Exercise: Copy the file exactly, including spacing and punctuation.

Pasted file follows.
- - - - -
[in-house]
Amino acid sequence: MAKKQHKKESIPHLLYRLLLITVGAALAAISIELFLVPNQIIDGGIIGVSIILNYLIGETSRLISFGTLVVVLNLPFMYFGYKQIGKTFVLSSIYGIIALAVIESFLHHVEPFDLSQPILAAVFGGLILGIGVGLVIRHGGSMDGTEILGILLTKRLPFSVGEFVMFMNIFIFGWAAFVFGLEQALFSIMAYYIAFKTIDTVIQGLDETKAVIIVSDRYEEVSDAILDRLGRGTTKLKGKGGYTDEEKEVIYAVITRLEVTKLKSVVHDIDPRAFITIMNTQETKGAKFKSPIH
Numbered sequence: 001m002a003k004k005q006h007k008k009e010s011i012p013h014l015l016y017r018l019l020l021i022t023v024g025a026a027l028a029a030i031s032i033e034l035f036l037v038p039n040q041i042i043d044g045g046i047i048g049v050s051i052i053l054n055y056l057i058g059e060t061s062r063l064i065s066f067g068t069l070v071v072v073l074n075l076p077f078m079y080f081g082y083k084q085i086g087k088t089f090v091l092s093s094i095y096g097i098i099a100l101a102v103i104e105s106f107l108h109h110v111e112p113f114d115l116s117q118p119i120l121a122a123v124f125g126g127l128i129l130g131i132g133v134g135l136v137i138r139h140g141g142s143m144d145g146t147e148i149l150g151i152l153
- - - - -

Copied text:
[in-house]
Amino acid sequence: MAKKQHKKESIPHLLYRLLLITVGAALAAISIELFLVPNQIIDGGIIGVSIILNYLIGETSRLISFGTLVVVLNLPFMYFGYKQIGKTFVLSSIYGIIALAVIESFLHHVEPFDLSQPILAAVFGGLILGIGVGLVIRHGGSMDGTEILGILLTKRLPFSVGEFVMFMNIFIFGWAAFVFGLEQALFSIMAYYIAFKTIDTVIQGLDETKAVIIVSDRYEEVSDAILDRLGRGTTKLKGKGGYTDEEKEVIYAVITRLEVTKLKSVVHDIDPRAFITIMNTQETKGAKFKSPIH
Numbered sequence: 001m002a003k004k005q006h007k008k009e010s011i012p013h014l015l016y017r018l019l020l021i022t023v024g025a026a027l028a029a030i031s032i033e034l035f036l037v038p039n040q041i042i043d044g045g046i047i048g049v050s051i052i053l054n055y056l057i058g059e060t061s062r063l064i065s066f067g068t069l070v071v072v073l074n075l076p077f078m079y080f081g082y083k084q085i086g087k088t089f090v091l092s093s094i095y096g097i098i099a100l101a102v103i104e105s106f107l108h109h110v111e112p113f114d115l116s117q118p119i120l121a122a123v124f125g126g127l128i129l130g131i132g133v134g135l136v137i138r139h140g141g142s143m144d145g146t147e148i149l150g151i152l153